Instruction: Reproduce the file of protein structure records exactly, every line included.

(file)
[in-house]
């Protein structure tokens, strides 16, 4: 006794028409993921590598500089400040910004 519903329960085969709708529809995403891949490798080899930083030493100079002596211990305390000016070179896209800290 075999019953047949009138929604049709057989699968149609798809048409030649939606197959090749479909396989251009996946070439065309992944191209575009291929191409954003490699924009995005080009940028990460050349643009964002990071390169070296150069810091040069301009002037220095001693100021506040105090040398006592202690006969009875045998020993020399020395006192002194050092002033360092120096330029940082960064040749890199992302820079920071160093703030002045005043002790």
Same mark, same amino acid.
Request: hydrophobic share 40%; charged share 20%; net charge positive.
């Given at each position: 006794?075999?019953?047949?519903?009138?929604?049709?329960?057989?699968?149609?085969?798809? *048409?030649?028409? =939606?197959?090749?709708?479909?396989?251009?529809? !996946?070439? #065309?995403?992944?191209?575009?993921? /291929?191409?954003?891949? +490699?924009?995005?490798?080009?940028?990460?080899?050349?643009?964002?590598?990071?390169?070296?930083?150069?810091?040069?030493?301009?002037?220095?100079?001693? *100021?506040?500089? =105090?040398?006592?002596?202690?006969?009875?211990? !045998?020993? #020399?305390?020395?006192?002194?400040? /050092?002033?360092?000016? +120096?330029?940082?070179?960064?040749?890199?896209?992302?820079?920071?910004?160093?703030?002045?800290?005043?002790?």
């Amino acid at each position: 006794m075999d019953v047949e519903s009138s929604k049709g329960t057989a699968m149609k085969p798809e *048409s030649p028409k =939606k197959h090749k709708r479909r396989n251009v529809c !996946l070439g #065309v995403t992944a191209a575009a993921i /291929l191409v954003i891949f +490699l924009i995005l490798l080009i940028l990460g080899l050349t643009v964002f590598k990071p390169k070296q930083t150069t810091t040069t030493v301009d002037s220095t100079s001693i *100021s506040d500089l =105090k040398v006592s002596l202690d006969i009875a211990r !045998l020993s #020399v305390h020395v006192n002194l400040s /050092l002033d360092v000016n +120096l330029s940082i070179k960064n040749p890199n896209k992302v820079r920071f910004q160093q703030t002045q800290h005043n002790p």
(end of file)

[in-house]
């Protein structure tokens, strides 16, 4: 006794028409993921590598500089400040910004 519903329960085969709708529809995403891949490798080899930083030493100079002596211990305390000016070179896209800290 075999019953047949009138929604049709057989699968149609798809048409030649939606197959090749479909396989251009996946070439065309992944191209575009291929191409954003490699924009995005080009940028990460050349643009964002990071390169070296150069810091040069301009002037220095001693100021506040105090040398006592202690006969009875045998020993020399020395006192002194050092002033360092120096330029940082960064040749890199992302820079920071160093703030002045005043002790």
Same mark, same amino acid.
Request: hydrophobic share 40%; charged share 20%; net charge positive.
């Given at each position: 006794?075999?019953?047949?519903?009138?929604?049709?329960?057989?699968?149609?085969?798809? *048409?030649?028409? =939606?197959?090749?709708?479909?396989?251009?529809? !996946?070439? #065309?995403?992944?191209?575009?993921? /291929?191409?954003?891949? +490699?924009?995005?490798?080009?940028?990460?080899?050349?643009?964002?590598?990071?390169?070296?930083?150069?810091?040069?030493?301009?002037?220095?100079?001693? *100021?506040?500089? =105090?040398?006592?002596?202690?006969?009875?211990? !045998?020993? #020399?305390?020395?006192?002194?400040? /050092?002033?360092?000016? +120096?330029?940082?070179?960064?040749?890199?896209?992302?820079?920071?910004?160093?703030?002045?800290?005043?002790?």
């Amino acid at each position: 006794m075999d019953v047949e519903s009138s929604k049709g329960t057989a699968m149609k085969p798809e *048409s030649p028409k =939606k197959h090749k709708r479909r396989n251009v529809c !996946l070439g #065309v995403t992944a191209a575009a993921i /291929l191409v954003i891949f +490699l924009i995005l490798l080009i940028l990460g080899l050349t643009v964002f590598k990071p390169k070296q930083t150069t810091t040069t030493v301009d002037s220095t100079s001693i *100021s506040d500089l =105090k040398v006592s002596l202690d006969i009875a211990r !045998l020993s #020399v305390h020395v006192n002194l400040s /050092l002033d360092v000016n +120096l330029s940082i070179k960064n040749p890199n896209k992302v820079r920071f910004q160093q703030t002045q800290h005043n002790p």